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Performing Arts: A State of Love

by RASHA ELASS in Damascus

18 Jun 2010 01:29No Comments


Photo: The Iranian cast of "A State of Love," Assad Opera House, Damascus.

A State of Love, an enthralling Iranian interpretation of the classic Sufi story, debuted at the Assad Opera House in Damascus on Tuesday. Director, singer, and lead actor Mohammed Hatimi delivered a powerful, soulful performance as Sufi master Molana Jalal al Din Rumi. Roya Nonhali also made a strong impression with an energetic dual performance as narrator and in the role of the widow Krakhtoun. The costumes were dazzling and the stage lighting created an appropriately mystical ambiance. The beautiful singing of Hatimi and Mostafa Mahmoudi, accompanied by strings and percussion, held those in the opera house transfixed for the show's 90 minutes.

A tale of war, love, betrayal, and redemption that stretches over decades, A State of Love unfolds in the city of Balakh. It opens during the Islamic calendar year 604, when Jalal al Din Rumi was born. A dispute between Rumi's father and Sultan Khwarezmid Shah compels the family to resettle in the city of Larand. There Rumi's mother and grandmother die. He marries his childhood love, and the couple are blessed with a son, Ala. In turn, Ala eventually falls in love with Chemya, the daughter of a widow in the court of Seljuk King Alaa al Din Kiquabad. Soon it becomes apparent that the two lovers are star crossed.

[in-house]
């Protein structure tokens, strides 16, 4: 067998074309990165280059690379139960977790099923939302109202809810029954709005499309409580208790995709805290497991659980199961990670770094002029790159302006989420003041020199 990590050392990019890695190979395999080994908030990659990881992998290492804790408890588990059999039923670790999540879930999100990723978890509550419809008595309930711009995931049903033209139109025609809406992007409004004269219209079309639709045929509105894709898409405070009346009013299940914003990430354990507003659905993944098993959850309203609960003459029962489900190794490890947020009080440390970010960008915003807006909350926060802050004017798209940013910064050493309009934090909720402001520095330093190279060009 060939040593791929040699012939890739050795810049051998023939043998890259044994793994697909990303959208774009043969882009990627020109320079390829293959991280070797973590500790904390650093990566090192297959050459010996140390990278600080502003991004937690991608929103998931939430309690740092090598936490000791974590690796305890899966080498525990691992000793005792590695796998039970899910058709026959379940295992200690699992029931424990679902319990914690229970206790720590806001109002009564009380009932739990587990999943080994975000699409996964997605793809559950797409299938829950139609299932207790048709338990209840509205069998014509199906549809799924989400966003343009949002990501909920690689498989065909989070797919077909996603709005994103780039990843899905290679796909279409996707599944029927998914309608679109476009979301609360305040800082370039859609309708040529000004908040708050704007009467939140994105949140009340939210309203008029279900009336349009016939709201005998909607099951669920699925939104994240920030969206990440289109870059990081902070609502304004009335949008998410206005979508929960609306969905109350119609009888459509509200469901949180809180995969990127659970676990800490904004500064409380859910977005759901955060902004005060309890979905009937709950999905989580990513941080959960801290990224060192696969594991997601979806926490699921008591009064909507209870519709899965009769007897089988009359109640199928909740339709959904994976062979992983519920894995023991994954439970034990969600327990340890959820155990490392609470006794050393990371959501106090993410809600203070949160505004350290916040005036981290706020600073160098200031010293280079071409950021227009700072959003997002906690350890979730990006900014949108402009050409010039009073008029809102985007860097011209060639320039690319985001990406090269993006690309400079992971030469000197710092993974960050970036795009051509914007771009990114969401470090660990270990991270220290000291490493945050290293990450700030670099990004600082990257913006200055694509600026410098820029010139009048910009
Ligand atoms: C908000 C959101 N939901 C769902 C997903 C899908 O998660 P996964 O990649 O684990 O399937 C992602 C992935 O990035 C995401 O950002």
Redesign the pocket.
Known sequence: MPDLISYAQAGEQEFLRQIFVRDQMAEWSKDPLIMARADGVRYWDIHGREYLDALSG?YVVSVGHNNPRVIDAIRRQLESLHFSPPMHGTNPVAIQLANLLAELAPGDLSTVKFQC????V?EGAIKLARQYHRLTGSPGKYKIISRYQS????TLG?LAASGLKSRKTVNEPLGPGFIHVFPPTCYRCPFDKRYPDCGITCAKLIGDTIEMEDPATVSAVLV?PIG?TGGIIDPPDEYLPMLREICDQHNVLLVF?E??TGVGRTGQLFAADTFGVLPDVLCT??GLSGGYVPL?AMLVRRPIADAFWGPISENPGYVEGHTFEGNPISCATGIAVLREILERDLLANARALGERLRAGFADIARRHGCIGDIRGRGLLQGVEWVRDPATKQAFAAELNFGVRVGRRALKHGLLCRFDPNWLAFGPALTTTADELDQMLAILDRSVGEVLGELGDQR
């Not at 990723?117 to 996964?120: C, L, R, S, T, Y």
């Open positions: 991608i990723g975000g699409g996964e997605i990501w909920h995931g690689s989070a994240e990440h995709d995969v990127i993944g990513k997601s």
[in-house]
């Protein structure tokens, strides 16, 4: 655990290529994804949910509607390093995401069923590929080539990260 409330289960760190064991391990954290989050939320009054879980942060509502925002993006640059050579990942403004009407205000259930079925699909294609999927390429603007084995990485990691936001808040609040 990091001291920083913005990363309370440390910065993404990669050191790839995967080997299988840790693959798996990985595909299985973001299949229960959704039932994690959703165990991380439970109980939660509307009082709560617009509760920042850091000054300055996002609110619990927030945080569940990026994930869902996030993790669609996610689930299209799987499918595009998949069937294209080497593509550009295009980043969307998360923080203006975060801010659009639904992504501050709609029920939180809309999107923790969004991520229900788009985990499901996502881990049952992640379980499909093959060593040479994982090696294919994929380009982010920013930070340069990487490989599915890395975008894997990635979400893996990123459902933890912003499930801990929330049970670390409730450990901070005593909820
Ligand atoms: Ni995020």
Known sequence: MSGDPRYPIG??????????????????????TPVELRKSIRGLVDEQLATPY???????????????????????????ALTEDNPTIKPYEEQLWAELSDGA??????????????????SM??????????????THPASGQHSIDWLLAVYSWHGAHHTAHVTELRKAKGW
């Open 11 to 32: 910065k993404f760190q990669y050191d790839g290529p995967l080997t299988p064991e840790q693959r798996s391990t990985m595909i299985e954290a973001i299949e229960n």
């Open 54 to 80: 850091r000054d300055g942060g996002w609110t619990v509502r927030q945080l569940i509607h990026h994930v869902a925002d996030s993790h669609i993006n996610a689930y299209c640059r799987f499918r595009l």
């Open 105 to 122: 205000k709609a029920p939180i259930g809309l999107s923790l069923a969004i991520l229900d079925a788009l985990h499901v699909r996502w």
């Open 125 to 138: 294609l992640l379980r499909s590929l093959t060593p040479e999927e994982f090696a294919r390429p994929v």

When Rumi's wife dies of an illness, he marries the widow and brings her daughter into his home to raise her as his own. Before long an old friend of Rumi's, Shams al Din Tabrizi, arrives. As a guest in Rumi's home, he catches a glimpse of Chemya and asks for her hand in marriage. Rumi blesses the union, unaware of his son's feelings toward the young woman. Inevitably, Tabrizi finds his bride in a compromising position with Ala and, enraged, kills her. Ala vows revenge for the death of his lover, and ultimately kills Tabrizi. Rumi, however, remains unaware of this drama. For years, he searches through many lands for his friend, already dead. When he finally learns the truth, he retreats into solitude and composes one of his most important works, Masnawi.

The production, scheduled for just two performances, was sponsored by the Tehran Museum of Contemporary Arts and invited to Damascus by the Syrian Cultural Center in Tehran. The two countries have slowly been cultivating new cultural exchanges, including events for children. Given the effort put into mounting the show, it was a shame that its Farsi script was not translated -- it seemed that only the handful of Iranian dignitaries present and perhaps a few others could follow the dialogue. As for the rest of us, we could grasp the gist of what was happening, but only after reading a detailed description of the plot.

Rasha Elass is Chief Editor of Damascus Diaries.

Copyright © 2010 Tehran Bureau

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